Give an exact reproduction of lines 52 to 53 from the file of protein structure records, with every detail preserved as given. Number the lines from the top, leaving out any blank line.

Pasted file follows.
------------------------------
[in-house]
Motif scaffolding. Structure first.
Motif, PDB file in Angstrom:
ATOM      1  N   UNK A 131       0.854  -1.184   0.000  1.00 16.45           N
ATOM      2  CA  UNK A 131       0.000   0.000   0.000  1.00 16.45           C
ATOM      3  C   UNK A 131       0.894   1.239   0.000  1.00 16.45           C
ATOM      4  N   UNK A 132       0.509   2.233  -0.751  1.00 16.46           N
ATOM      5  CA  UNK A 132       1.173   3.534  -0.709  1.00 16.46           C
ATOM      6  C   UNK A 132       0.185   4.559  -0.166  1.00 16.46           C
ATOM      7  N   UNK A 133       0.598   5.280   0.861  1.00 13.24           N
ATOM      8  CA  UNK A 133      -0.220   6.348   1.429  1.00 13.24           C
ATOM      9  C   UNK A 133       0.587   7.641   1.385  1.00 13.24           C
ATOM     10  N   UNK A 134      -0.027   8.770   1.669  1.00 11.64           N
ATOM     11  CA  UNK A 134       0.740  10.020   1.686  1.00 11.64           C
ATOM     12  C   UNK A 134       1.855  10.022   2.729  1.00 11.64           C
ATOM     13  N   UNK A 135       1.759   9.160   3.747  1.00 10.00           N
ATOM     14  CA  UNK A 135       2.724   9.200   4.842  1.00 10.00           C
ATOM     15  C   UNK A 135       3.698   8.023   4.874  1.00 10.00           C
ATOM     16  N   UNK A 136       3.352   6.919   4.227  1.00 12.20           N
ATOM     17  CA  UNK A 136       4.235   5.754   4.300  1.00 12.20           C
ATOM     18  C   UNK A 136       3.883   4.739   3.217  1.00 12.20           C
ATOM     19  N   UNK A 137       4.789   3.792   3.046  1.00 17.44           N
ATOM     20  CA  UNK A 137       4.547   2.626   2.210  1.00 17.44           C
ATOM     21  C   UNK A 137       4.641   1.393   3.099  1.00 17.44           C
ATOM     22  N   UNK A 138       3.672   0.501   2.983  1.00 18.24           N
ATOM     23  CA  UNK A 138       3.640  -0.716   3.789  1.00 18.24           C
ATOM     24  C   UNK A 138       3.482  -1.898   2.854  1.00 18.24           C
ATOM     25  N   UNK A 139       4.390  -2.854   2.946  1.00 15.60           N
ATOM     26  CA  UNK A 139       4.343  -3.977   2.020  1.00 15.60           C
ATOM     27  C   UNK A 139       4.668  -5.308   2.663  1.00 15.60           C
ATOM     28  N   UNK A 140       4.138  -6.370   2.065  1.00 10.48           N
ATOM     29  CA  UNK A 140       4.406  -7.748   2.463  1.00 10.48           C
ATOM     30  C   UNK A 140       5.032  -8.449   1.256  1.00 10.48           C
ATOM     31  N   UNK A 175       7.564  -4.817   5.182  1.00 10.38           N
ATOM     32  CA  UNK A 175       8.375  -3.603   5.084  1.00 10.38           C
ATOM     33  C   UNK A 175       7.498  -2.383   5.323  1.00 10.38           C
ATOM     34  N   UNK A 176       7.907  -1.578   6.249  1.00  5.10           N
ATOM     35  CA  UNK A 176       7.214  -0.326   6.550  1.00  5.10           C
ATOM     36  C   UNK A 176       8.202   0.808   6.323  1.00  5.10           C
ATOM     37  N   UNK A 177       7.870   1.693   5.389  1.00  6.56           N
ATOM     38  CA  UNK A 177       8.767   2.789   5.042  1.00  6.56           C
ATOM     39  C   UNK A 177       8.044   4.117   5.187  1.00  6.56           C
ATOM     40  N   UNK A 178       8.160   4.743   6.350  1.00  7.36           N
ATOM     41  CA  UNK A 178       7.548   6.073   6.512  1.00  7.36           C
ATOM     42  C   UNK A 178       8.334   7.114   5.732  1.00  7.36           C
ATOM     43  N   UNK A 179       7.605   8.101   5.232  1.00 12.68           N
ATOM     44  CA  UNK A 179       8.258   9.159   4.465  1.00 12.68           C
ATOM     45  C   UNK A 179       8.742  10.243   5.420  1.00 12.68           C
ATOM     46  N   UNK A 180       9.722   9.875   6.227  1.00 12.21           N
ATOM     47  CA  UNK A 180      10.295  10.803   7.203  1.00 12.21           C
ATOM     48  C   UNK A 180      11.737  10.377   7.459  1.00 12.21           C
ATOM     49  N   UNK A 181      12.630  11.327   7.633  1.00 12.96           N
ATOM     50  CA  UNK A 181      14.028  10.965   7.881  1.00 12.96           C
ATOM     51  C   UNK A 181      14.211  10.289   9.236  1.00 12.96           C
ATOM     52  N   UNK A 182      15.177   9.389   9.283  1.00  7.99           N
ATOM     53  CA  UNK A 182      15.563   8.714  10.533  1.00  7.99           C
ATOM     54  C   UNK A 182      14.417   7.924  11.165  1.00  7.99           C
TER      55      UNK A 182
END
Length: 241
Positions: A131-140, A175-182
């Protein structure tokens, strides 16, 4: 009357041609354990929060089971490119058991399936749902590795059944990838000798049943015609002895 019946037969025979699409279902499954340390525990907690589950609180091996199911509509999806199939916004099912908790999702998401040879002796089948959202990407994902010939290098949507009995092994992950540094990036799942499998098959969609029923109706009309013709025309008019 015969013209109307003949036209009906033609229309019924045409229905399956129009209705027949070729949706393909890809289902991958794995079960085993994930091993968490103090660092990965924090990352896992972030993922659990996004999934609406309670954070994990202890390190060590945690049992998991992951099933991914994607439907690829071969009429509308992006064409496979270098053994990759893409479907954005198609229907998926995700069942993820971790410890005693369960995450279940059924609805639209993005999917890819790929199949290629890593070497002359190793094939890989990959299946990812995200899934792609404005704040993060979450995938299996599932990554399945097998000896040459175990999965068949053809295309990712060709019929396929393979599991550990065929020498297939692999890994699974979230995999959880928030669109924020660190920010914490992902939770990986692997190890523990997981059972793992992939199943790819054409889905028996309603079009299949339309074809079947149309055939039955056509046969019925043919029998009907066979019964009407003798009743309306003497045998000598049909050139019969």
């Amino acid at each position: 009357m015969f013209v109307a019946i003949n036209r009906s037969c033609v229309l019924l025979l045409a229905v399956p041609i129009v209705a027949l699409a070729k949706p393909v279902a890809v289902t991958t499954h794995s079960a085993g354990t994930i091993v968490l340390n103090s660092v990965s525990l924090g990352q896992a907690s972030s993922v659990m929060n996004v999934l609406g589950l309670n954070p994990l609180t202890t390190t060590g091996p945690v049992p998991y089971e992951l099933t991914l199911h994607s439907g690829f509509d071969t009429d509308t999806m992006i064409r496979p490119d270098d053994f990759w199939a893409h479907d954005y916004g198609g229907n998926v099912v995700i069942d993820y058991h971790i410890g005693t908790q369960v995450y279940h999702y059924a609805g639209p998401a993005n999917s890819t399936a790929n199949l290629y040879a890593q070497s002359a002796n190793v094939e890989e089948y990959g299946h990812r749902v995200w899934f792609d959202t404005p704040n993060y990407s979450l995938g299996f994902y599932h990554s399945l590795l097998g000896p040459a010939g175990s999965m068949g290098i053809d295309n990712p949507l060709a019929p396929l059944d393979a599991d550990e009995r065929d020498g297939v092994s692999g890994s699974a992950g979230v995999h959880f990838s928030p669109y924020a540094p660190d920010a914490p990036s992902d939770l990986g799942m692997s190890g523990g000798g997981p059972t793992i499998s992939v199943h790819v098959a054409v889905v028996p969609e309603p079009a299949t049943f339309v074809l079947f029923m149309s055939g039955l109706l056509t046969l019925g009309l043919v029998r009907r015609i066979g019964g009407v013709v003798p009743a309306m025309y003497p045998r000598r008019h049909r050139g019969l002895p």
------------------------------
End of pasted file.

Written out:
ATOM     49  N   UNK A 181      12.630  11.327   7.633  1.00 12.96           N
ATOM     50  CA  UNK A 181      14.028  10.965   7.881  1.00 12.96           C